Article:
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Author Topic: Is there an AV App that Doesn't Eventually Become Bloatware?  (Read 15051 times)
Defenestration
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« Reply #25 on: July 06, 2006, 07:40:43 AM »

Kaspersky is nice as well, but has become a bit bloated, and the way it uses NTFS streams and rootkit-like method for hiding those streams is a bit icky Sad (see sysinternals' rootkit revealer forums).
The new KAV/KIS version 6 does not use NTFS streams anymore (and so no rootkit method for hiding them). Has low memory usage and various options to optimize the scan (eg. only scan new and changed files), as well as an option to concede resources (ie. CPU)  to other apps during a scan which keeps the system running smoothly. It is truly modular, in that you only have to install the modules you actually want.

NOD32 uses more memory but is lighter on CPU.

Big problem with NOD32: it doesn't cache file status, so every time you boot your system, files have to be re-scanned, which makes first-launch of apps pretty slow (AMD64x2 4400+ here, and it *is* noticable >_<). Also, I haven't found a way to disable the background/instant file scanning that persists through reboots.
I'm sure there is an option to only scan new and changed files in NOD.


XMinus1 - It seems odd that you mention bloatware with regard to AV's, but yet use SpySweeper. From my experience, SpySweeper used massive amounts of memory (upwards of 40MB-50MB).

 
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Darwin
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« Reply #26 on: July 06, 2006, 07:56:18 AM »

Hmmm.... I'm running SpySweeper right now and it's only using 15MB in the system tray (i.e. it's monitoring but not sweeping). A full sweep bumps that to 18MB and 1-3% CPU (I've just confirmed this on a first generation Centrino notebook  with 1024MB RAM).
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Carol Haynes
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« Reply #27 on: July 06, 2006, 08:05:04 AM »

I have used SpySweeper and found it is pretty slow to start up the scanners but then seems to run quite well in use.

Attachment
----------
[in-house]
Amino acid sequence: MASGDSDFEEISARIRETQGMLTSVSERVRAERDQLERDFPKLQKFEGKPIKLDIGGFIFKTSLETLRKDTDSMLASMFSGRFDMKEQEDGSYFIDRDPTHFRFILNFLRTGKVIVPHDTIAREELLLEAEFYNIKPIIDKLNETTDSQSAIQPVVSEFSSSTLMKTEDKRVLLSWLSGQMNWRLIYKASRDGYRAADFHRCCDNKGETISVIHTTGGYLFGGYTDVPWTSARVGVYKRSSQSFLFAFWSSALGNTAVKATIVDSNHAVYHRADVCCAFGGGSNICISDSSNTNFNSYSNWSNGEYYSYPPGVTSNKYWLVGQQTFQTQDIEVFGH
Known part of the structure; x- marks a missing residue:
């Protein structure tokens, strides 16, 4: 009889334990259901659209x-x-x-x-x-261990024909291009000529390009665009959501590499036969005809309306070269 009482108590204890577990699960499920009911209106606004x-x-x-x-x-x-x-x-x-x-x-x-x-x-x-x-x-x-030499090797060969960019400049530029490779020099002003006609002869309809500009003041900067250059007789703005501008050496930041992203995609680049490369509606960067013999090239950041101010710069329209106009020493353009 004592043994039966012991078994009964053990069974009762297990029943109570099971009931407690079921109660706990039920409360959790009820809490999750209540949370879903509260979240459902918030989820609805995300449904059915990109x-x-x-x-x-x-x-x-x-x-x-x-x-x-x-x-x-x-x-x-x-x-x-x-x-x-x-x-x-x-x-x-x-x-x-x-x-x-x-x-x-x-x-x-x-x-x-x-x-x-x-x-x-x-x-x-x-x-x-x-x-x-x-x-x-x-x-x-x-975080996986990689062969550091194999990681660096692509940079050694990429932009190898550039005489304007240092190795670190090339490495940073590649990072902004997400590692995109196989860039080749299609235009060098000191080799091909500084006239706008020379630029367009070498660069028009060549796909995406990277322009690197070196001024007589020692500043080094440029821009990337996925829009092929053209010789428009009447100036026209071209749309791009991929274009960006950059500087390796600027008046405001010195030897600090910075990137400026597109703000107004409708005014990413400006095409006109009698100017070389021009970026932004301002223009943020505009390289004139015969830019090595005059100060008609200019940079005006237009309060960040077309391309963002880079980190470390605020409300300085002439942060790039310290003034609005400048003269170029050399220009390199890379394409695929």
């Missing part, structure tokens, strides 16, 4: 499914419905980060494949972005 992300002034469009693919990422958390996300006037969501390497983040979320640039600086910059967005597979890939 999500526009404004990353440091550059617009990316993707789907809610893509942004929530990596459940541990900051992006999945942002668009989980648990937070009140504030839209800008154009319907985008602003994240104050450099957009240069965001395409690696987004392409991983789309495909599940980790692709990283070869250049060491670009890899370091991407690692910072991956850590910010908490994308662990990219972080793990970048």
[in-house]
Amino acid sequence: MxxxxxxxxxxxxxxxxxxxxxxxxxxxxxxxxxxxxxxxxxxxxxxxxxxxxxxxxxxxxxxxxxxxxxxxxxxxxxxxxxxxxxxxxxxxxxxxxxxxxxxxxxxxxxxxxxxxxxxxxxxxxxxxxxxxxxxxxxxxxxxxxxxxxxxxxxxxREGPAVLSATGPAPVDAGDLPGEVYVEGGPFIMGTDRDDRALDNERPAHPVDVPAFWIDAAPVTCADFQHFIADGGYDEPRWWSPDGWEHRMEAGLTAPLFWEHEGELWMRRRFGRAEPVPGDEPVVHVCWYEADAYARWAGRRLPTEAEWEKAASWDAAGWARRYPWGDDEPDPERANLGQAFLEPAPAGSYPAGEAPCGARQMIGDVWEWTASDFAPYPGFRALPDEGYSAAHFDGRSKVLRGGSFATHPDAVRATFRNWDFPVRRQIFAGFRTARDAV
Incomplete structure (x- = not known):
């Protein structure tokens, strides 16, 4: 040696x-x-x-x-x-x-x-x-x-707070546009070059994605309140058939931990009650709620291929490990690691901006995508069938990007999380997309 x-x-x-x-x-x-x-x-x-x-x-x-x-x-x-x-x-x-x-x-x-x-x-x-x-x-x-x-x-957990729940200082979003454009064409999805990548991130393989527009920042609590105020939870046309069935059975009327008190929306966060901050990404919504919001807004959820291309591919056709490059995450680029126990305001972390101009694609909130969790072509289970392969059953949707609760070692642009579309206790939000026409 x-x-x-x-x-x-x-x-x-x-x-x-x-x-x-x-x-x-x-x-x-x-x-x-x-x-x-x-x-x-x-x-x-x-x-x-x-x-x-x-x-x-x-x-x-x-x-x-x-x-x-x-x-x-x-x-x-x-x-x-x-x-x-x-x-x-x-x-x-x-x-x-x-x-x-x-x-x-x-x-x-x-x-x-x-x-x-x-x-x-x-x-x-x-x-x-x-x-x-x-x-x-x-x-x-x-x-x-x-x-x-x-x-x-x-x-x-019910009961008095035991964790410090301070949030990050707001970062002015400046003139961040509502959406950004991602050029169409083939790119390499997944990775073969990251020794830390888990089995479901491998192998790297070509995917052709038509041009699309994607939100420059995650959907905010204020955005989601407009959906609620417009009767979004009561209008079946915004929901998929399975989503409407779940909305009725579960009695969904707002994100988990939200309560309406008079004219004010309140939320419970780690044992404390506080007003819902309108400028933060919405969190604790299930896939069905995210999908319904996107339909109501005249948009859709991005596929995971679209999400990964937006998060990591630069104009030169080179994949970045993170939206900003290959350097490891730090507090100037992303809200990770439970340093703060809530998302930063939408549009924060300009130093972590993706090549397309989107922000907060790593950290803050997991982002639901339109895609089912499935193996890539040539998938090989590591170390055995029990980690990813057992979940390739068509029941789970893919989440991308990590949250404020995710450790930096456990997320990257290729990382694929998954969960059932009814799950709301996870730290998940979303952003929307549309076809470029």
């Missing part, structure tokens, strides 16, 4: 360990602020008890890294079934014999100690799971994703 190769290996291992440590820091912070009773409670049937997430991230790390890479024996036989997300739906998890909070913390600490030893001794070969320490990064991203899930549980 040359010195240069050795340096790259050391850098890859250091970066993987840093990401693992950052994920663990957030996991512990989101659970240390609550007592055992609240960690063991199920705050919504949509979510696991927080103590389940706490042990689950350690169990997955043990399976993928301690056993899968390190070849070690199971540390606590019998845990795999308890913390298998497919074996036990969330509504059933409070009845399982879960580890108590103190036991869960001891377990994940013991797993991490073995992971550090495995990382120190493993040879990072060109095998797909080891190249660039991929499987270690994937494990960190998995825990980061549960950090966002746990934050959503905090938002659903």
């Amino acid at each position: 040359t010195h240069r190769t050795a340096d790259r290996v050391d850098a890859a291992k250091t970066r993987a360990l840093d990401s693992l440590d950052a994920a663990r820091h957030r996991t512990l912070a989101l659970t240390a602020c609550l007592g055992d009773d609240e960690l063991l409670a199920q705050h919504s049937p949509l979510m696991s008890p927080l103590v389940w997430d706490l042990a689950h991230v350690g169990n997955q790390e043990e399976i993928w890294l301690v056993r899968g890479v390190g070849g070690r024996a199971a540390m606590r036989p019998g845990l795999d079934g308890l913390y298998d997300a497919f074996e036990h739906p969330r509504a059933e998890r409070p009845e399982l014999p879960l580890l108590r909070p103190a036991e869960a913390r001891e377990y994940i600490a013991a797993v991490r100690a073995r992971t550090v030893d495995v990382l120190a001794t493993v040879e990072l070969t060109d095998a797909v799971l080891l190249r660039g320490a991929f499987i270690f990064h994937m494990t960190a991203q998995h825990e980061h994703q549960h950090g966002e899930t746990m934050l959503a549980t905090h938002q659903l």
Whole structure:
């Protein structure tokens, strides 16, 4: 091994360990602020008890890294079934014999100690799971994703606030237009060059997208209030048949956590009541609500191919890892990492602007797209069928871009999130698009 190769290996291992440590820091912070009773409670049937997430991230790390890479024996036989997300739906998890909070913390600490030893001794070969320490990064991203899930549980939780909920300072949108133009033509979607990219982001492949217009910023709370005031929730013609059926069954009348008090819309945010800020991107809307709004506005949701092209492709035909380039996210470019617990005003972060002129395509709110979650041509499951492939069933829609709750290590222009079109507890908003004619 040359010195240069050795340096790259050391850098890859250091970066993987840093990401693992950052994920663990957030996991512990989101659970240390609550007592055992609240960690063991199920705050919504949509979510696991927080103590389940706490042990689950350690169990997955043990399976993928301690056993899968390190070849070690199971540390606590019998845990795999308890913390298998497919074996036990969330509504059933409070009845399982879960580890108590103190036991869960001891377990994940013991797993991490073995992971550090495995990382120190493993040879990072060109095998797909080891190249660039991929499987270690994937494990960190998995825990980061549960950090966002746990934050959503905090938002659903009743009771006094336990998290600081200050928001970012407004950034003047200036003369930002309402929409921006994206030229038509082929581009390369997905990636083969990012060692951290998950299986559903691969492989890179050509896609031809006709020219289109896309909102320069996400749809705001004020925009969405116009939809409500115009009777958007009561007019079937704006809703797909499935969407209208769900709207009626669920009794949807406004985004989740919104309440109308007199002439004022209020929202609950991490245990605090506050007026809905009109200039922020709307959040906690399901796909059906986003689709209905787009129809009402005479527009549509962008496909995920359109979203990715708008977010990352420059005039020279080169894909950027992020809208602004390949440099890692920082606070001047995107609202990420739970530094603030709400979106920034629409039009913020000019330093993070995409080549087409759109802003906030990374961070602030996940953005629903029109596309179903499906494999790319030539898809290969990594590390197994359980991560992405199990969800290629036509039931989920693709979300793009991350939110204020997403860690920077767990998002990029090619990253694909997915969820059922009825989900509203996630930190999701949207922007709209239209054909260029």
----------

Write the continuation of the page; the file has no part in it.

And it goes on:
I have also used SpywareDoctor and that is even slower at starting and more demanding on resources.

Both are good programs but don't do what I did and try to use them at the same time - the system literally ground to a halt!
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f0dder
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« Reply #28 on: July 06, 2006, 11:03:21 AM »

Big problem with NOD32: it doesn't cache file status, so every time you boot your system, files have to be re-scanned, which makes first-launch of apps pretty slow (AMD64x2 4400+ here, and it *is* noticable >_<). Also, I haven't found a way to disable the background/instant file scanning that persists through reboots.
I'm sure there is an option to only scan new and changed files in NOD.
Not that I've seen... Sure, it doesn't re-scan files that aren't changed while you keep your computer running, but the "scanned files database" is in-memory and doesn't survive a reboot.

New KAV version sounds interesting, perhaps I should give it a go.
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- carpe noctem
Defenestration
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« Reply #29 on: July 06, 2006, 11:27:07 PM »

Hmmm.... I'm running SpySweeper right now and it's only using 15MB in the system tray (i.e. it's monitoring but not sweeping). A full sweep bumps that to 18MB and 1-3% CPU (I've just confirmed this on a first generation Centrino notebook  with 1024MB RAM).
When determining memory usage of a process, you should be looking at both the "Mem Usage" and the "VM Size" columns in Task Manager.
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Defenestration
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« Reply #30 on: July 06, 2006, 11:48:12 PM »

Not that I've seen... Sure, it doesn't re-scan files that aren't changed while you keep your computer running, but the "scanned files database" is in-memory and doesn't survive a reboot.

New KAV version sounds interesting, perhaps I should give it a go.
You may already know this (in which case please excuse me for stating the obvious smiley ), but do you have the AMON  setting "Optimize scanning" enabled ?